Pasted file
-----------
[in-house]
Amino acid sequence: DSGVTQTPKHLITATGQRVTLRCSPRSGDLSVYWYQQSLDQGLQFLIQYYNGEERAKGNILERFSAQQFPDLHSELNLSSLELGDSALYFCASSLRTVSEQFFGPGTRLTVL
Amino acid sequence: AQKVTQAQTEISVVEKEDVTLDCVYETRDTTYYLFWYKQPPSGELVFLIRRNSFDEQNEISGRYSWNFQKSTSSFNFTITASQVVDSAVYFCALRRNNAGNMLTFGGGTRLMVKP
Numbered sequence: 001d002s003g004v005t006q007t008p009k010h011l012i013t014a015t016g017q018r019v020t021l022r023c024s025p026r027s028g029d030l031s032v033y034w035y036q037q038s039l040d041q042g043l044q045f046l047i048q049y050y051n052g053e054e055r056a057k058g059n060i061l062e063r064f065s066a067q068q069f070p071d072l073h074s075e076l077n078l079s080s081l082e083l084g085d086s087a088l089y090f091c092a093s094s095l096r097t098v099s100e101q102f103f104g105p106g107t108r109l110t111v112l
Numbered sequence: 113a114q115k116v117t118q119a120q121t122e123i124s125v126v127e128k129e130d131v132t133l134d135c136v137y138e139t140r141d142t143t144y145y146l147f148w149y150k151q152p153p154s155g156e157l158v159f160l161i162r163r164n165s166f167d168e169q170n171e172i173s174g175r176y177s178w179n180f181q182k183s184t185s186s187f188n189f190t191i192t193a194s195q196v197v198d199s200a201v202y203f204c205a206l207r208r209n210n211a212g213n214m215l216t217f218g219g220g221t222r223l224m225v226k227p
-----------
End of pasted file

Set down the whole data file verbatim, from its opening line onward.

[in-house]
Amino acid sequence: DSGVTQTPKHLITATGQRVTLRCSPRSGDLSVYWYQQSLDQGLQFLIQYYNGEERAKGNILERFSAQQFPDLHSELNLSSLELGDSALYFCASSLRTVSEQFFGPGTRLTVL
Amino acid sequence: AQKVTQAQTEISVVEKEDVTLDCVYETRDTTYYLFWYKQPPSGELVFLIRRNSFDEQNEISGRYSWNFQKSTSSFNFTITASQVVDSAVYFCALRRNNAGNMLTFGGGTRLMVKP
Numbered sequence: 001d002s003g004v005t006q007t008p009k010h011l012i013t014a015t016g017q018r019v020t021l022r023c024s025p026r027s028g029d030l031s032v033y034w035y036q037q038s039l040d041q042g043l044q045f046l047i048q049y050y051n052g053e054e055r056a057k058g059n060i061l062e063r064f065s066a067q068q069f070p071d072l073h074s075e076l077n078l079s080s081l082e083l084g085d086s087a088l089y090f091c092a093s094s095l096r097t098v099s100e101q102f103f104g105p106g107t108r109l110t111v112l
Numbered sequence: 113a114q115k116v117t118q119a120q121t122e123i124s125v126v127e128k129e130d131v132t133l134d135c136v137y138e139t140r141d142t143t144y145y146l147f148w149y150k151q152p153p154s155g156e157l158v159f160l161i162r163r164n165s166f167d168e169q170n171e172i173s174g175r176y177s178w179n180f181q182k183s184t185s186s187f188n189f190t191i192t193a194s195q196v197v198d199s200a201v202y203f204c205a206l207r208r209n210n211a212g213n214m215l216t217f218g219g220g221t222r223l224m225v226k227p